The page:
Pump gradually building to lower and lower max pressure.


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Old 05-23-16, 10:12 AM
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Pump gradually building to lower and lower max pressure.

I bought an old farm house from a foreclosure, and have been having problems with the water. Because of the situation with buying it, I don't know when the well was drilled or how old the pump is. But I do know it is about 30 feet deep, and has a deep well jet pump. The pump is 3/4hp and a 115/230 model. It is wired to 110v, and I double checked the switch is definitely set to 115v.

When we first got here, the pump couldn't get any water into the tank at all. We got a plumber to come, he said the foot valve must be clogged, dug up the well and pulled it out, blew into it a bit, and put it back. To prime it, he shook the pipes up and down which kicked up a ton of dirt into the water. That still didn't work, so he tried pulling it out and blowing it again, noticing that the cage had been knocked off the foot valve (I assume from him jerking it up and down to prime it). This time it "worked" and the pump was able to get water into the tank, but he had to turn the pressure cut off way down.

Now a month later, the pump is no longer able to get up to the cut off pressure. Is this likely just dirt in the valve again? And is it from him kicking up a bunch of dirt when he primed it? Or is it possible that the pump is failing slowly and just can't build enough pressure? Is it worth buying a new pump and swapping it out in case that is the problem, or do pumps not really fail gradually like that?
 
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Old 05-23-16, 09:16 PM
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I hate to say this but it sounds like your plumber didn't really know what he was doing.

I'm guessing this is a single pipe well system ?
A single pipe jet pump will have a hard time priming at 30'. The typical limit is 25'.

The check valve's job is to allow water into the pipe when the pump creates suction. When the pump stops the valve needs to close to keep the water in the pipe so that when the pump restarts it draws water in and not air.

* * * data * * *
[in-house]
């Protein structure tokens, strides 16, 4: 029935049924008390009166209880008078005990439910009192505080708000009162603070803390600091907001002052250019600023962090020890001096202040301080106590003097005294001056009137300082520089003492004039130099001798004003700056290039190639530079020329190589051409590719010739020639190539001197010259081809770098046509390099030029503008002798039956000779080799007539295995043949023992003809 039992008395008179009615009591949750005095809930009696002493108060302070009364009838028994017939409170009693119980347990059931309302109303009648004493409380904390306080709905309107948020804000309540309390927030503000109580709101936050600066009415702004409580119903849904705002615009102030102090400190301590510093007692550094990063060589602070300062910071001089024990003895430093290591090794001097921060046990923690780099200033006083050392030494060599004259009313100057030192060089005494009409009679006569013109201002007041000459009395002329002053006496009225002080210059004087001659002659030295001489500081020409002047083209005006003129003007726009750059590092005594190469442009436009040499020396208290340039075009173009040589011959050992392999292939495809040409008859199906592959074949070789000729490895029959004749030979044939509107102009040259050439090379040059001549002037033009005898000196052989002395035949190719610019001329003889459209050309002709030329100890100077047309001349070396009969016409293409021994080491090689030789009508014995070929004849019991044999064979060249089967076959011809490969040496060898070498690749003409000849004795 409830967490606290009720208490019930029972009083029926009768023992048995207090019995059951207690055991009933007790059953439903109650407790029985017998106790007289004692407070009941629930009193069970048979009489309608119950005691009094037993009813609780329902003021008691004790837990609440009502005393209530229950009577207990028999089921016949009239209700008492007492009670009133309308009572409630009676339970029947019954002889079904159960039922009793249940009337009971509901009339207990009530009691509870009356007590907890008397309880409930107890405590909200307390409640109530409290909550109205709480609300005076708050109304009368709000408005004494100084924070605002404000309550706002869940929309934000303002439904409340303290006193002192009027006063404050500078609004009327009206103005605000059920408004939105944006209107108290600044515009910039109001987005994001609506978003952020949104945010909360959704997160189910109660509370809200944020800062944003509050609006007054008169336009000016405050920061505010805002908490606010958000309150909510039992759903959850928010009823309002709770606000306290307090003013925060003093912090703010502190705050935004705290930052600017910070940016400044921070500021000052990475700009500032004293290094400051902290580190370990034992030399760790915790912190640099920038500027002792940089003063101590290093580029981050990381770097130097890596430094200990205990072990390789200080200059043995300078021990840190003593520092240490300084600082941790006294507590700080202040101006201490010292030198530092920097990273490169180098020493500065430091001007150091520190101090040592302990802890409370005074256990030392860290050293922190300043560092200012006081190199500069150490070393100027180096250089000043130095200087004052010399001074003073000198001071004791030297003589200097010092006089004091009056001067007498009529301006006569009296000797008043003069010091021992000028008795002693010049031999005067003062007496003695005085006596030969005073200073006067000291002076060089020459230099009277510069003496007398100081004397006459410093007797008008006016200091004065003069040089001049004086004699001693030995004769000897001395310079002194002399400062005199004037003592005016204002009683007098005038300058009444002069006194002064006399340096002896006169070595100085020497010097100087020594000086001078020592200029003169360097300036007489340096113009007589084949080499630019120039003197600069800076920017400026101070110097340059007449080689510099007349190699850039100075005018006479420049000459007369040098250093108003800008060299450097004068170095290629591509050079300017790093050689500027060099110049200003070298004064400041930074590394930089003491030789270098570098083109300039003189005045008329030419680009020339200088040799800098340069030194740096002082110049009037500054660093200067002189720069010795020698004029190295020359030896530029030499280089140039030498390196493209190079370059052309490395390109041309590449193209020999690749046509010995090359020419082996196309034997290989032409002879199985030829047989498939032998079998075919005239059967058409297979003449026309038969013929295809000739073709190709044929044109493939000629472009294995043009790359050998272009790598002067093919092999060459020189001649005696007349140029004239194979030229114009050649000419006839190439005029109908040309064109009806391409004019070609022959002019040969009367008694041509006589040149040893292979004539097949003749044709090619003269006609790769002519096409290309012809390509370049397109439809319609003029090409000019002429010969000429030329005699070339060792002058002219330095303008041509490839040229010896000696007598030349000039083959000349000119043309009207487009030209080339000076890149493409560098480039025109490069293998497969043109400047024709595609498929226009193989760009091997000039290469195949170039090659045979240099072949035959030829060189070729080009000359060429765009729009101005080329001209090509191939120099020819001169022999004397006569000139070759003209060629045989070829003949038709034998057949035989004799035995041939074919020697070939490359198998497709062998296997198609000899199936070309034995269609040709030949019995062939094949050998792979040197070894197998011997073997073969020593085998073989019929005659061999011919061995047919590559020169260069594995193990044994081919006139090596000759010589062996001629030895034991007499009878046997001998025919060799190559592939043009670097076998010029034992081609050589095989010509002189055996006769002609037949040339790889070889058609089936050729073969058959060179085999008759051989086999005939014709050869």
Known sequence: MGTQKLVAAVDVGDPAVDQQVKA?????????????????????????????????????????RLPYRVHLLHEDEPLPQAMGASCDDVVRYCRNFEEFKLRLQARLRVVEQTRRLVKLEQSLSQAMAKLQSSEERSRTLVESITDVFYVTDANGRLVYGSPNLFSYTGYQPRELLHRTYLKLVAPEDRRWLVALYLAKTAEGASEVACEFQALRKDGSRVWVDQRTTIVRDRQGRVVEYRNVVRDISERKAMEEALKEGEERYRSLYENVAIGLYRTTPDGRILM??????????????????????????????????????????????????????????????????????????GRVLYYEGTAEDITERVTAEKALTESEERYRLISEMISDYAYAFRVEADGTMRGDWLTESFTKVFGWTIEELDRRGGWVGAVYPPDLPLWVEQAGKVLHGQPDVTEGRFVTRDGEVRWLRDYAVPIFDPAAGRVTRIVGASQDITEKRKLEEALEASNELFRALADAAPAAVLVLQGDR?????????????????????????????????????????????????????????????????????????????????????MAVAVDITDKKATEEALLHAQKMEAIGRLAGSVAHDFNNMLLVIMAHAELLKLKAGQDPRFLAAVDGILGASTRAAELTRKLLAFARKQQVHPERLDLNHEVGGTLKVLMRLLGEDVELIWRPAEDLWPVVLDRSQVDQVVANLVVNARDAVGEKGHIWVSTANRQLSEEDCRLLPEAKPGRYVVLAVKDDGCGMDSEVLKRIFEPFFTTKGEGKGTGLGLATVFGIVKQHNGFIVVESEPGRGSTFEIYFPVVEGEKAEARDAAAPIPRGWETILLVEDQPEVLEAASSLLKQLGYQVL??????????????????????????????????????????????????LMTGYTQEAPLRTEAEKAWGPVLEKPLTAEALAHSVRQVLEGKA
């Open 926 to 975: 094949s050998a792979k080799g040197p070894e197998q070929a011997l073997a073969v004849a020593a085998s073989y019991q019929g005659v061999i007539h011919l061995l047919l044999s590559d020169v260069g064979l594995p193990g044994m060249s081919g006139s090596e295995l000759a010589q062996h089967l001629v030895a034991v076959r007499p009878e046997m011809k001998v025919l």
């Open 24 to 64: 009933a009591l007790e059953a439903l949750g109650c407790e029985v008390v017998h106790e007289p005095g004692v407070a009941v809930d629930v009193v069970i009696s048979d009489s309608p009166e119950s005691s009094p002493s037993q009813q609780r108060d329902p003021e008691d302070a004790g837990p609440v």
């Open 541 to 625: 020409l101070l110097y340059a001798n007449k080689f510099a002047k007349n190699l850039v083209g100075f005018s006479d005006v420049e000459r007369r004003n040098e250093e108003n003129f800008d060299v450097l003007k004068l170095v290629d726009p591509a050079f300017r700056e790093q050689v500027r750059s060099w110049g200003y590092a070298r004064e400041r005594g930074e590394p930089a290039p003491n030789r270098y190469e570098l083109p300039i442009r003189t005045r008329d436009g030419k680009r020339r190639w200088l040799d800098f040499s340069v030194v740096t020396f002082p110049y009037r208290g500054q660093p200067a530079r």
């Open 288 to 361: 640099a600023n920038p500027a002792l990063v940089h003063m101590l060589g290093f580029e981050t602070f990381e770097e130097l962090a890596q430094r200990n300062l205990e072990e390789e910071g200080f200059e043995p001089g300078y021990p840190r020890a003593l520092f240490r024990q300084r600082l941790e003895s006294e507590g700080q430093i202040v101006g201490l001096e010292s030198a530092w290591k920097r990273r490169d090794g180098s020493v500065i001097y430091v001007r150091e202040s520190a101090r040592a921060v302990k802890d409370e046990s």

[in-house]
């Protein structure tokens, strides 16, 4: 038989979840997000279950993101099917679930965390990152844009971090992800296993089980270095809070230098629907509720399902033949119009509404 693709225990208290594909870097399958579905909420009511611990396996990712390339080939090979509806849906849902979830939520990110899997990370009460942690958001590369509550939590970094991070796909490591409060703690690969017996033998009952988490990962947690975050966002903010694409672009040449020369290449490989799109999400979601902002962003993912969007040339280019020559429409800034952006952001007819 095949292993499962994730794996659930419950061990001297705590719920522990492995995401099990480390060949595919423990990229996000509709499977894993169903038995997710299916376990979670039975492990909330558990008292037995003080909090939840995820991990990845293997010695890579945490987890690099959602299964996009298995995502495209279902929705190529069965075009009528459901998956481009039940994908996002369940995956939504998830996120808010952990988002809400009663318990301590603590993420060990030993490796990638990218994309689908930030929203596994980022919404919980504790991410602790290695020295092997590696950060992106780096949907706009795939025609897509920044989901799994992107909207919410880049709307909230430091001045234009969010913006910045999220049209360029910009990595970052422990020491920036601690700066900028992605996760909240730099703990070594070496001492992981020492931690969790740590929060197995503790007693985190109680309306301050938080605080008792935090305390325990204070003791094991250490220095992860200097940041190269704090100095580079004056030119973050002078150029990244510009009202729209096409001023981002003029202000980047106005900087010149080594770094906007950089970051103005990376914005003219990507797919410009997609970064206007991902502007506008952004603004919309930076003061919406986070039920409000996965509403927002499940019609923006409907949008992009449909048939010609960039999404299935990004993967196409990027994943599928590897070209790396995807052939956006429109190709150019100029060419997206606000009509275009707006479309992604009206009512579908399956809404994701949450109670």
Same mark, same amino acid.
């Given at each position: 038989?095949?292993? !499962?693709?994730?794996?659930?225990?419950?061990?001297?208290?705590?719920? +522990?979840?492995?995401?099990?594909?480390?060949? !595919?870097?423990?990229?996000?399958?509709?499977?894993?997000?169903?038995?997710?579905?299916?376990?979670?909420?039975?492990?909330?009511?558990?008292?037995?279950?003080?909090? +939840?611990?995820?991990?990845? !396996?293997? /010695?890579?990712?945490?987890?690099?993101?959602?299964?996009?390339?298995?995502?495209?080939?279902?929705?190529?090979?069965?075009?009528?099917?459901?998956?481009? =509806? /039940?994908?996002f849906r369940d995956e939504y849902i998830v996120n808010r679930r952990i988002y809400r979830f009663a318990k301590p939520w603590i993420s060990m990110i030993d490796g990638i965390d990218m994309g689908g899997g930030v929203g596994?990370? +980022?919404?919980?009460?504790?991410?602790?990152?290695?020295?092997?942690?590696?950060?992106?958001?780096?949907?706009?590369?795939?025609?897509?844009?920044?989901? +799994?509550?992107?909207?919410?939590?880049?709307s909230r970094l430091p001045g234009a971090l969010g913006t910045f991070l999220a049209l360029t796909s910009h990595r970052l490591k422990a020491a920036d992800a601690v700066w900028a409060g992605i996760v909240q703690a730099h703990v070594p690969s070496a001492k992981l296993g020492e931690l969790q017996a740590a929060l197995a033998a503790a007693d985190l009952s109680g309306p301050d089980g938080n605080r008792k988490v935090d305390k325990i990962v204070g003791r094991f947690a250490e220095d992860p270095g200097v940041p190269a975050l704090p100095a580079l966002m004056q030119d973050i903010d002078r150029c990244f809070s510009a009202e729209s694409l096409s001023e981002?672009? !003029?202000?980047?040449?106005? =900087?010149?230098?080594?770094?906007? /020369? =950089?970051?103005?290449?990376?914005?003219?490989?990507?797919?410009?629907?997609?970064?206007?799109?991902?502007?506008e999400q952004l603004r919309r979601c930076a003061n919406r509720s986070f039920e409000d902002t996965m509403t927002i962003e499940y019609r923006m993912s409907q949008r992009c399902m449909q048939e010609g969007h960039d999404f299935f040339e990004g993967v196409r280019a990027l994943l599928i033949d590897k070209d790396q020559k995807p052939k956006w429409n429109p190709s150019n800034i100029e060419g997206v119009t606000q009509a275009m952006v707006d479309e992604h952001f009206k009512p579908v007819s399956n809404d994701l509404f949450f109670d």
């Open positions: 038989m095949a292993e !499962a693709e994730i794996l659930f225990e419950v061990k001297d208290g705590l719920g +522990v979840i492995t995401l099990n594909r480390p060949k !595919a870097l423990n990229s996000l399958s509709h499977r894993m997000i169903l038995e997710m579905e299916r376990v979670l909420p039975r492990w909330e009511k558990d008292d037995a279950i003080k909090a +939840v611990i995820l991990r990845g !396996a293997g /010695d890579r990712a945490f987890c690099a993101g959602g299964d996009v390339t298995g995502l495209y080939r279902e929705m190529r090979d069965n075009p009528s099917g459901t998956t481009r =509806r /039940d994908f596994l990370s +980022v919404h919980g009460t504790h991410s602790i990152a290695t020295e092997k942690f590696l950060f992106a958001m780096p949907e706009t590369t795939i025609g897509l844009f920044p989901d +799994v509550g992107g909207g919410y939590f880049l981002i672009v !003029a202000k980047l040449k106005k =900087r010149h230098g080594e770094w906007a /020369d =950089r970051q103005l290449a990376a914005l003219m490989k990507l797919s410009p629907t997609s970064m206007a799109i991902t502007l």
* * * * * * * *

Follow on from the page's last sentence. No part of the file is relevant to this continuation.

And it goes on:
Two things happen when the check valve is bad. The first thing is that when the pump shuts off the system pressure drops to zero. (provided there is nothing using water)
The second thing is the pump will not pick up a prime.

When you prime a jet pump you need a way to pour water into the line that goes to the well and fill it with water. Obviously this will not work if the check valve is bad.

I have never heard of shaking the pipe to prime it.

If your pump is still priming by itself then it would appear that the foot valve is working properly.

In your case it sounds like the pump is bad. It sounds like the impeller may be severally worn most likely from the highly abrasive dirt content of the water.

You may be facing drilling a new well if the dirt content is that high in your shallow well.
 
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Old 05-24-16, 04:01 AM
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Originally Posted by PJmax
I'm guessing this is a single pipe well system ?
A single pipe jet pump will have a hard time priming at 30'. The typical limit is 25'.
No, it is a deep well jet pump. Two pipes, foot valve/impeller down in the well.

Originally Posted by PJmax
If your pump is still priming by itself then it would appear that the foot valve is working properly.
It doesn't prime by itself, it maintains the prime it was given. Which means the check valve is not broken and letting water flow back. It can still be clogged though, letting not enough water through the correct direction when the pump runs. But if the dirt clogged it, it would have been a problem a month ago when he kicked up all the dirt right? Is it likely for dirt to be in there but out of the way enough, and then over time shift a little and start clogging it again?

Originally Posted by PJmax
In your case it sounds like the pump is bad. It sounds like the impeller may be severally worn most likely from the highly abrasive dirt content of the water.

You may be facing drilling a new well if the dirt content is that high in your shallow well.
The dirt was only from him yanking the pipes up and down, it settled out after an hour. Is it common for a pump to fail gradually this way, pushing less and less hard over time? I'm not sure if I can find a store selling a pump that I can swap in and still be able to return if that wasn't the problem.
 
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Old 05-24-16, 05:34 AM
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Deep well jet pumps have a venturi at the bottom that has some tiny passages. They are quite susceptible to being clogged.

I had a similar situation to yours on an irrigation system so it would sit 6-9 months without being used. Every summer I had the same headache of the venturi down at the foot valve clogging. If it's mild you'll get water but never up to full pressure and at worst it won't even get the water up and out of the well. Mine was usually clogged with flakes of rust I believe from the inside of the pump housing. Sitting long periods allowed rust to develop then when the pump is finally used bits break off and circulate until they get caught at the venturi. Eventually I could get all the bits out and it would work flawlessly after that but startup every summer was a half day process that required pulling the foot valve repeatedly to remove the clogs.
 
 

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